In the case of autoflowering varieties, if you plant them too early you might pay for the mistake dearly. The life cycle of these varieties is very short and a bad start can have terrible consequences. As they only live for two and a half months, if the weather is bad during the first two weeks the plant will get blocked, and when the sun arrives and it’s capable of restoring its vigour, it will be too late.

When to germinate your seeds for outdoor growing

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Sometimes, it’s hard to know when it’s the best time to do it, and a very common mistake is to get carried away by the excitement of the moment and start germinating the seeds too early. Below, we give you key advice to determine the best moment depending on the region you live in. Practical and simple advice that will help you to choose the best date. Let’s get started.

Advice nº1: control your eagerness

It’s very common to get carried away by excitement and the eagerness to start sowing. It’s normal, you’ve spent the whole winter awaiting this moment and now it’s here you can’t wait to start. This, precisely, is one of the most common mistakes in outdoor crops: sowing too early. The spring climate is very unstable and can get nasty; it’s important to pay attention.

The sun is not hurried by early risers

There’s a popular belief that the earlier you sow, the faster the process and the earlier the harvest. This is not true; planting earlier will not result in larger, better plants or earlier harvests. It’s a good idea to control your eagerness and patiently await the best moment, when the good weather settles in.

Temperature changes can be fatal during the plant’s first stages; it’s weak and sensitive due to its small size, and if we don’t guarantee continuous hours of sunlight and good weather, they may not grow with the necessary vigour and can even die.

In the case of autoflowering varieties, if you plant them too early you might pay for the mistake dearly. The life cycle of these varieties is very short and a bad start can have terrible consequences. As they only live for two and a half months, if the weather is bad during the first two weeks the plant will get blocked, and when the sun arrives and it’s capable of restoring its vigour, it will be too late.

In both cases, with both automatic and regular or feminised seeds, we advise that you avoid the mistake of sowing too early. The difference between them is the life cycle; in the case of regular or feminised seeds, as they have more time for vegetative development, that is, a longer growth period (approximately 3 months), there is a greater margin for recovery and that initial error is not as serious.

To give you an example.

Imagine that the good weather starts, suddenly there’s a scorching sun for two or three days. You put your coat away in the wardrobe and start to bring out your summer clothes; you’re looking forward to the beach, the bar terraces. And you go ahead, yes, you’re full of confidence and you start to germinate your marijuana seeds, because there’s no point in leaving for tomorrow what you can do today. And you do it. After a week your little plants are ready to face the world, planted in their pot and outdoors, enjoying the good weather. A serious mistake.

It was all a dream, an illusion; during the spring season the weather can often turn ugly, and one week later it’s pouring rain. Your plants, which have barely taken their first steps, are in a totally drenched substrate, the few roots they had managed to develop are submerged in water, the leaves don’t grow and the plant is blocked. In the case of autoflowering varieties, by the time the plant recovers its vigour, it’s too late, as their growth period only lasts a month (they start to flower starting on the 25th-28th day approximately) and the final result will be a disaster. In the best case scenario, you’ll have a very small plant that will yield very little and of poor quality. In the worst case scenario, it will die.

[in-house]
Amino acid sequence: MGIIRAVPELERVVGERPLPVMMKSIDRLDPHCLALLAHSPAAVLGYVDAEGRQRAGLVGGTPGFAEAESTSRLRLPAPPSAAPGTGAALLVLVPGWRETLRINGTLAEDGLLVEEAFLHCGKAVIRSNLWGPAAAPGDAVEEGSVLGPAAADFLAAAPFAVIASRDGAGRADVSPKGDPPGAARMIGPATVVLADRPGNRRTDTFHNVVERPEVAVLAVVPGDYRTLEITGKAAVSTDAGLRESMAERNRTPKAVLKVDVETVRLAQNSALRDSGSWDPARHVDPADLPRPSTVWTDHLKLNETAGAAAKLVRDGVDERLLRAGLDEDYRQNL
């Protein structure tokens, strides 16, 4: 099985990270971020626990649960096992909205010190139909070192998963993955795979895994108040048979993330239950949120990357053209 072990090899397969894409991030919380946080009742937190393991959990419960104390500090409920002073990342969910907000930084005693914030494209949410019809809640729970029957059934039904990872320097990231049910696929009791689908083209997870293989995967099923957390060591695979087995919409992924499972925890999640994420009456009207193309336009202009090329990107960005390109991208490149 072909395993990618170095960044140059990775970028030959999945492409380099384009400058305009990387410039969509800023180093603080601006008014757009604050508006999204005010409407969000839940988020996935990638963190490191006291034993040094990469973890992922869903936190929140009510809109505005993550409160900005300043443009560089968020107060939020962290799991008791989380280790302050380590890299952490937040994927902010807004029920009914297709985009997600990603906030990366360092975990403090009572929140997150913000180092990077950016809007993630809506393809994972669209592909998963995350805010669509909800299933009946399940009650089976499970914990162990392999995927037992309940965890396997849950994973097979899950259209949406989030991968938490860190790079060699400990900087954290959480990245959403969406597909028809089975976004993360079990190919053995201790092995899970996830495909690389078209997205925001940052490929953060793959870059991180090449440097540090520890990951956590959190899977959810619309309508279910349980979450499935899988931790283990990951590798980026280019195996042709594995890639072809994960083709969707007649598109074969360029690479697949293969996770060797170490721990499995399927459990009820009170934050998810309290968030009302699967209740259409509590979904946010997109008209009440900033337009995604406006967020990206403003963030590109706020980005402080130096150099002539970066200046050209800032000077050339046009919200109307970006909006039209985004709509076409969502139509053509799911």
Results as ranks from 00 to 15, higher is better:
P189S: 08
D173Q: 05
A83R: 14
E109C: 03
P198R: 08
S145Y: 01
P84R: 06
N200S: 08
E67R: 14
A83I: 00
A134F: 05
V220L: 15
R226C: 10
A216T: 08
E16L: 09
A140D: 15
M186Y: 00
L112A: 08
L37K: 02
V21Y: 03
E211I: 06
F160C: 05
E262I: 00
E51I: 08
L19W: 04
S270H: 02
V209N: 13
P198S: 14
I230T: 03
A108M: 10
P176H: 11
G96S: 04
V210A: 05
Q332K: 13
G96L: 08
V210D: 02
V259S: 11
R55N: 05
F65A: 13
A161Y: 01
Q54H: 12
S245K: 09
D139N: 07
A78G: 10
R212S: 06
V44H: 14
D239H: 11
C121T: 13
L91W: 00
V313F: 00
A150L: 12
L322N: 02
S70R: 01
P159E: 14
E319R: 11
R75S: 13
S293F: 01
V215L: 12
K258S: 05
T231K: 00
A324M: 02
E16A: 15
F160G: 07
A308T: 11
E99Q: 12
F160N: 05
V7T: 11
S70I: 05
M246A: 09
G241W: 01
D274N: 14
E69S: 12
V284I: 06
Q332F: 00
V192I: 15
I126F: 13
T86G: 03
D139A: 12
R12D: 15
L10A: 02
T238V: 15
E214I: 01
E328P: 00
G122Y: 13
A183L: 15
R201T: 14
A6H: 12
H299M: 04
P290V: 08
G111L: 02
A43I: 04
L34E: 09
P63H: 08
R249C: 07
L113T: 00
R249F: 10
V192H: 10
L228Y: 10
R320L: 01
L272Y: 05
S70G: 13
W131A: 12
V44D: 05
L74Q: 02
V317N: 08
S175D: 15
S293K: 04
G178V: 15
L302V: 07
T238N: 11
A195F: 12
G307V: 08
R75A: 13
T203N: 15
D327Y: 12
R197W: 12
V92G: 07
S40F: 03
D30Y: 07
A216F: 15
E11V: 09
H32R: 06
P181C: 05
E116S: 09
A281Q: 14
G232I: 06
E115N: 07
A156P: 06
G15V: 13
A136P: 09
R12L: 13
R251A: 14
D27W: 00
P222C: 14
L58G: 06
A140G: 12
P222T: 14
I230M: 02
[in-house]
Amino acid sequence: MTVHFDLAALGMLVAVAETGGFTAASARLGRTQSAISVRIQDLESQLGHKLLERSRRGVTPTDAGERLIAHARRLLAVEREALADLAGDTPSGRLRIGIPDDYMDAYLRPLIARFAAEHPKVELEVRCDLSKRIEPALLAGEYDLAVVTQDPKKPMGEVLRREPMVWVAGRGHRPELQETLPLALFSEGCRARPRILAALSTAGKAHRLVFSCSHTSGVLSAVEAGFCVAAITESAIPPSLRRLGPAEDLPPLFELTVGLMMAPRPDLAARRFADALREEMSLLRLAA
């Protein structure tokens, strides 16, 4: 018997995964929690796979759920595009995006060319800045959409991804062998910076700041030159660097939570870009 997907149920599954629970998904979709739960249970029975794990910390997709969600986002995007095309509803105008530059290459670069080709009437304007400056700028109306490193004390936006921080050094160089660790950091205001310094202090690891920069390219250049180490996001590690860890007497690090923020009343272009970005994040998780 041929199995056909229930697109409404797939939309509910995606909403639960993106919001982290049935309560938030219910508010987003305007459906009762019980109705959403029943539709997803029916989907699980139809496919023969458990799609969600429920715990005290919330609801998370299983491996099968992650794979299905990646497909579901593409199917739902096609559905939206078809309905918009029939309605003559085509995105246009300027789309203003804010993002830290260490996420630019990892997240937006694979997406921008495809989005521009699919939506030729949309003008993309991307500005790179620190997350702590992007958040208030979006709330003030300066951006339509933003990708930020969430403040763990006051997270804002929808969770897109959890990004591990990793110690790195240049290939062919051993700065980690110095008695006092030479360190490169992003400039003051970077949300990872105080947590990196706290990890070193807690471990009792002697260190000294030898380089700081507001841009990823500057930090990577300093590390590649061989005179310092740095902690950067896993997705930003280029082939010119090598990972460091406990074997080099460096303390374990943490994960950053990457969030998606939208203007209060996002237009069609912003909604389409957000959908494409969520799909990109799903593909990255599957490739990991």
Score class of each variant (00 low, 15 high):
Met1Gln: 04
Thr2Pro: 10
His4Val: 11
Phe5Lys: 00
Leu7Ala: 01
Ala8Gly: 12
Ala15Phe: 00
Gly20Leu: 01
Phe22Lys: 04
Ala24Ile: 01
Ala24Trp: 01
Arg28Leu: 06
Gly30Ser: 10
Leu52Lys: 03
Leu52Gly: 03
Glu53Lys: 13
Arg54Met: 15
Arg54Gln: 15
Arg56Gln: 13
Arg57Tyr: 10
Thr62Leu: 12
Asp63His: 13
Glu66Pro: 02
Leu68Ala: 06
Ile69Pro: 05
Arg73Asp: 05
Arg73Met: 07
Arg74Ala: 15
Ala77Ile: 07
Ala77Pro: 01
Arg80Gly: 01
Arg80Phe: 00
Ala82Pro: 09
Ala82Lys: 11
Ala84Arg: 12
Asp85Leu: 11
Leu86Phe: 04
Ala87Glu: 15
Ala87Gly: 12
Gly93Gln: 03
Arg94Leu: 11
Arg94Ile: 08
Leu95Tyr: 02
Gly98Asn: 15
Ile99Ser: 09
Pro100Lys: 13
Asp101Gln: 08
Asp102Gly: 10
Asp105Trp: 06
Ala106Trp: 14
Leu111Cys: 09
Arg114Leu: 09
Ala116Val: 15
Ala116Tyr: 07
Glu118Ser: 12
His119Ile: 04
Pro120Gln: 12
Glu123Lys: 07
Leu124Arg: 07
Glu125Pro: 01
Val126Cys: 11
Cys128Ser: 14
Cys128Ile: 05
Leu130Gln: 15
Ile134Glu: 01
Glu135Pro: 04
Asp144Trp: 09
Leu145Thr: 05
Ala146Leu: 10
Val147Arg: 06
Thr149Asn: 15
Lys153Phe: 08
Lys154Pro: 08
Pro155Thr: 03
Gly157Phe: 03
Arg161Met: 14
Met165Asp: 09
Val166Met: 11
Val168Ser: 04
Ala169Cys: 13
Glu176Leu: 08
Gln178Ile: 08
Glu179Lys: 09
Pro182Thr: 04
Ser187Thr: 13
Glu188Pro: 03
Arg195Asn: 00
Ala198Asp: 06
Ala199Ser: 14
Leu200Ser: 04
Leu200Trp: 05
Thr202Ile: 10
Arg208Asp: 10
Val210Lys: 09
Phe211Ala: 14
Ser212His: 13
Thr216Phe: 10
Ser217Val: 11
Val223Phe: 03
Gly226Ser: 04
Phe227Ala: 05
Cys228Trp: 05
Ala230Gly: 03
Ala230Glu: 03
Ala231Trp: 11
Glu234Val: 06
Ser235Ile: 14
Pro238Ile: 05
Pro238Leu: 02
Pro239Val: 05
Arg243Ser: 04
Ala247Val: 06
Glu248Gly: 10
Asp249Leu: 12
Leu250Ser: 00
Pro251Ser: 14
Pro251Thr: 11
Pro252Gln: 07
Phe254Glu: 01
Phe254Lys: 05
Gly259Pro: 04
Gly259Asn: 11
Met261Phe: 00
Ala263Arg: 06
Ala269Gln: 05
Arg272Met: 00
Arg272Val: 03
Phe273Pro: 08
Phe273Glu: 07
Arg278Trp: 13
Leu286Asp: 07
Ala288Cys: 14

If you have sown feminised or regular seeds, the growth period is tripled and instead of 4 weeks, you have 12. This gives you a bigger margin, and although they may have suffered at the beginning, there comes a time when the plants can recover and grow normally. In any event, it’s always preferable to bear in mind the weather factor and germinate at the appropriate time. The less stress and suffering the plant endures, the better the final result.

Advice nº2: Take into account your region’s climate

The moment to germinate your seeds varies depending on the region. Depending on where you live, we’re not talking about the same weather conditions and therefore the date will also change. Although you can find a lot of information that claims to provide an appropriate date, our advice is that you don’t take it as something academic, observe the weather and make sure it really is good. In any case, here are some ballpark dates that you can use as a guide:

  • Mediterranean climate: The temperatures are milder and in general the germination period goes from 1 April to 30 May, though the best moment is usually in early May.
  • Non-Mediterranean climate (continental/ Atlantic/ mountain): In these types of climates, germination can take place, in general, from 1 May to 30 June. The most recommended moment is usually early June.

Advice nº3: Look at how the season starts

Every season is different, it can come earlier or later. For example, as we mentioned above, in the Mediterranean climate, in general, the best time to germinate is in late April or early May. But you can find that, depending on the year, it’s hot earlier than that or it may be the opposite, it might be cold at the beginning and summer extends into the months of September and October. You must pay close attention to these types of variations to be able to adapt the cycle of your crop, postponing it or bringing it forward.

If you are starting to cultivate and your knowledge on marijuana in particular and botanics in general is scarce, here’s a trick: ask and observe. The same rules that apply to the cannabis plant’s germination also work when growing vegetables in general. So, when you see your neighbour sowing his crops, start germinating your seeds.

Look to see if the farmers near you are starting to fill their fields with seedlings of summer vegetables. In general, they’ve spent their whole lives growing crops and are experts in observing and understanding meteorological signs, so when you see them at work on their peppers and tomatoes, that’s the sign, the time has come. If you don’t know anyone with crops, you can always go to the nearest garden centre.

Conclusion

Germinate your seeds when the sun’s intensity is sufficient and stable over time; in short, when there’s good weather, as simple as that. This isn’t an exact science, you can’t follow a fixed and immovable calendar. As we mentioned above, the key is to observe the weather, watch out for the signs and try to ride out the whims of mother nature. You must make sure that the good weather is here to stay.

Make sure that the location your plants will be in faces south; ideally your plant should receive some 12 hours of sunlight daily. Last of all, we recommend that you always use professional gardening materials.

Now that you know where to start, you have a solid foundation to start this adventure on a good footing. Have a good harvest!